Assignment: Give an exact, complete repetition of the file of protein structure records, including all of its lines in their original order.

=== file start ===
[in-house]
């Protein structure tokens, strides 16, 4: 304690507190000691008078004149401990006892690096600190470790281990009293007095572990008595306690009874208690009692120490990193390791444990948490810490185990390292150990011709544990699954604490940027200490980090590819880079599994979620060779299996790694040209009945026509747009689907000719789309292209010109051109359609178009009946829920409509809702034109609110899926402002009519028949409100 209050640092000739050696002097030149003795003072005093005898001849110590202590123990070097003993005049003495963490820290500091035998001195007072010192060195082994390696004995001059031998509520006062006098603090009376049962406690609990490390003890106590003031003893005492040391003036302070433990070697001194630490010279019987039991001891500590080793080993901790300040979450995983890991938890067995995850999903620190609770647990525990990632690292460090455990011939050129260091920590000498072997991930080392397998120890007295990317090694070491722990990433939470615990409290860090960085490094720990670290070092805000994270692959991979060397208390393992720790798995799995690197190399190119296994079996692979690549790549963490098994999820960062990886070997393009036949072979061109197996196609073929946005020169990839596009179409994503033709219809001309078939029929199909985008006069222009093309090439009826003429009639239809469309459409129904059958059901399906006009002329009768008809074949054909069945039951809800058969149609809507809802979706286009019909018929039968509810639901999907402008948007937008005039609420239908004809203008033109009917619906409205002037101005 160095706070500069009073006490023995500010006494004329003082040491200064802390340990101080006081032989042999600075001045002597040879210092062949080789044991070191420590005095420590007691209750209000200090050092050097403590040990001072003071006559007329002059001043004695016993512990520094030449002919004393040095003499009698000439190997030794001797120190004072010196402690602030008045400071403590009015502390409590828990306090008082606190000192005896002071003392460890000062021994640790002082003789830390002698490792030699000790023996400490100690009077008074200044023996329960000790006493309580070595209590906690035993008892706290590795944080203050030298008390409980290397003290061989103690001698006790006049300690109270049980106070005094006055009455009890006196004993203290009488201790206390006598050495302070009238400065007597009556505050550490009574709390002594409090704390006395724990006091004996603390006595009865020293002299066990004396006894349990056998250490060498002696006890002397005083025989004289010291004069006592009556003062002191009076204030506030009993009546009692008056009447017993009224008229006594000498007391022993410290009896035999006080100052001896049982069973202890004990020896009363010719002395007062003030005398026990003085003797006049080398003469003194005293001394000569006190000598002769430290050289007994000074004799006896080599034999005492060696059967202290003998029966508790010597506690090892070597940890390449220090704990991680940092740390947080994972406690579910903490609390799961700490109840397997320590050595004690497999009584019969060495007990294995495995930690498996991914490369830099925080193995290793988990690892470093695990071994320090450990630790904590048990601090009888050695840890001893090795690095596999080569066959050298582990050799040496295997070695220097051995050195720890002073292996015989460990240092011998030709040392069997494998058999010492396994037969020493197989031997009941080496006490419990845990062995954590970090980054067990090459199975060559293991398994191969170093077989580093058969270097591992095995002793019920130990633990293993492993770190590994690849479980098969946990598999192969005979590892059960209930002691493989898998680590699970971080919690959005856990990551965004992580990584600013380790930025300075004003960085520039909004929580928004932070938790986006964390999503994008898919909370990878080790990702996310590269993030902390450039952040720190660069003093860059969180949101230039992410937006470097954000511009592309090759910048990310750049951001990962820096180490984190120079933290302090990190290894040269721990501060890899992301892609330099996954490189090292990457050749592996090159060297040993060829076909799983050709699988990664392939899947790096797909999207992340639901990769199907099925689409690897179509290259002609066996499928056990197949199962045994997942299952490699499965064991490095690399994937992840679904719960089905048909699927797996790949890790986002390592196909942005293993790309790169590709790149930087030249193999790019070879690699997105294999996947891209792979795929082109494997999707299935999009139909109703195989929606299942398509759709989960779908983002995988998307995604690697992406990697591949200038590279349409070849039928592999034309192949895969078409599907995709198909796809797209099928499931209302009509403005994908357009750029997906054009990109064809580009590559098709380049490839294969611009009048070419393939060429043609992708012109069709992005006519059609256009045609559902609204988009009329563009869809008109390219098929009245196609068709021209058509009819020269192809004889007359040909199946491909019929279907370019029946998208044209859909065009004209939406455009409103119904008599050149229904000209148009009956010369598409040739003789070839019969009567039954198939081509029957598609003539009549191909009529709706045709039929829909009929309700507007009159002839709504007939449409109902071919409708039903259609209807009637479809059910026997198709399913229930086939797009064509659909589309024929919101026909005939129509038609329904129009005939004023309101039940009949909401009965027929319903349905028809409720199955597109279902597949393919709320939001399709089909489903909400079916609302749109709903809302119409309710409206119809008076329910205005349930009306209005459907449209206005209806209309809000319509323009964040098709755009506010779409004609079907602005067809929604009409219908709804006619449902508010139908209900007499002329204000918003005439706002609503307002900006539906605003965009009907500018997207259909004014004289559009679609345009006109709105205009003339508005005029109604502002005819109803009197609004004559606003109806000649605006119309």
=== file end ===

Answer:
[in-house]
């Protein structure tokens, strides 16, 4: 304690507190000691008078004149401990006892690096600190470790281990009293007095572990008595306690009874208690009692120490990193390791444990948490810490185990390292150990011709544990699954604490940027200490980090590819880079599994979620060779299996790694040209009945026509747009689907000719789309292209010109051109359609178009009946829920409509809702034109609110899926402002009519028949409100 209050640092000739050696002097030149003795003072005093005898001849110590202590123990070097003993005049003495963490820290500091035998001195007072010192060195082994390696004995001059031998509520006062006098603090009376049962406690609990490390003890106590003031003893005492040391003036302070433990070697001194630490010279019987039991001891500590080793080993901790300040979450995983890991938890067995995850999903620190609770647990525990990632690292460090455990011939050129260091920590000498072997991930080392397998120890007295990317090694070491722990990433939470615990409290860090960085490094720990670290070092805000994270692959991979060397208390393992720790798995799995690197190399190119296994079996692979690549790549963490098994999820960062990886070997393009036949072979061109197996196609073929946005020169990839596009179409994503033709219809001309078939029929199909985008006069222009093309090439009826003429009639239809469309459409129904059958059901399906006009002329009768008809074949054909069945039951809800058969149609809507809802979706286009019909018929039968509810639901999907402008948007937008005039609420239908004809203008033109009917619906409205002037101005 160095706070500069009073006490023995500010006494004329003082040491200064802390340990101080006081032989042999600075001045002597040879210092062949080789044991070191420590005095420590007691209750209000200090050092050097403590040990001072003071006559007329002059001043004695016993512990520094030449002919004393040095003499009698000439190997030794001797120190004072010196402690602030008045400071403590009015502390409590828990306090008082606190000192005896002071003392460890000062021994640790002082003789830390002698490792030699000790023996400490100690009077008074200044023996329960000790006493309580070595209590906690035993008892706290590795944080203050030298008390409980290397003290061989103690001698006790006049300690109270049980106070005094006055009455009890006196004993203290009488201790206390006598050495302070009238400065007597009556505050550490009574709390002594409090704390006395724990006091004996603390006595009865020293002299066990004396006894349990056998250490060498002696006890002397005083025989004289010291004069006592009556003062002191009076204030506030009993009546009692008056009447017993009224008229006594000498007391022993410290009896035999006080100052001896049982069973202890004990020896009363010719002395007062003030005398026990003085003797006049080398003469003194005293001394000569006190000598002769430290050289007994000074004799006896080599034999005492060696059967202290003998029966508790010597506690090892070597940890390449220090704990991680940092740390947080994972406690579910903490609390799961700490109840397997320590050595004690497999009584019969060495007990294995495995930690498996991914490369830099925080193995290793988990690892470093695990071994320090450990630790904590048990601090009888050695840890001893090795690095596999080569066959050298582990050799040496295997070695220097051995050195720890002073292996015989460990240092011998030709040392069997494998058999010492396994037969020493197989031997009941080496006490419990845990062995954590970090980054067990090459199975060559293991398994191969170093077989580093058969270097591992095995002793019920130990633990293993492993770190590994690849479980098969946990598999192969005979590892059960209930002691493989898998680590699970971080919690959005856990990551965004992580990584600013380790930025300075004003960085520039909004929580928004932070938790986006964390999503994008898919909370990878080790990702996310590269993030902390450039952040720190660069003093860059969180949101230039992410937006470097954000511009592309090759910048990310750049951001990962820096180490984190120079933290302090990190290894040269721990501060890899992301892609330099996954490189090292990457050749592996090159060297040993060829076909799983050709699988990664392939899947790096797909999207992340639901990769199907099925689409690897179509290259002609066996499928056990197949199962045994997942299952490699499965064991490095690399994937992840679904719960089905048909699927797996790949890790986002390592196909942005293993790309790169590709790149930087030249193999790019070879690699997105294999996947891209792979795929082109494997999707299935999009139909109703195989929606299942398509759709989960779908983002995988998307995604690697992406990697591949200038590279349409070849039928592999034309192949895969078409599907995709198909796809797209099928499931209302009509403005994908357009750029997906054009990109064809580009590559098709380049490839294969611009009048070419393939060429043609992708012109069709992005006519059609256009045609559902609204988009009329563009869809008109390219098929009245196609068709021209058509009819020269192809004889007359040909199946491909019929279907370019029946998208044209859909065009004209939406455009409103119904008599050149229904000209148009009956010369598409040739003789070839019969009567039954198939081509029957598609003539009549191909009529709706045709039929829909009929309700507007009159002839709504007939449409109902071919409708039903259609209807009637479809059910026997198709399913229930086939797009064509659909589309024929919101026909005939129509038609329904129009005939004023309101039940009949909401009965027929319903349905028809409720199955597109279902597949393919709320939001399709089909489903909400079916609302749109709903809302119409309710409206119809008076329910205005349930009306209005459907449209206005209806209309809000319509323009964040098709755009506010779409004609079907602005067809929604009409219908709804006619449902508010139908209900007499002329204000918003005439706002609503307002900006539906605003965009009907500018997207259909004014004289559009679609345009006109709105205009003339508005005029109604502002005819109803009197609004004559606003109806000649605006119309």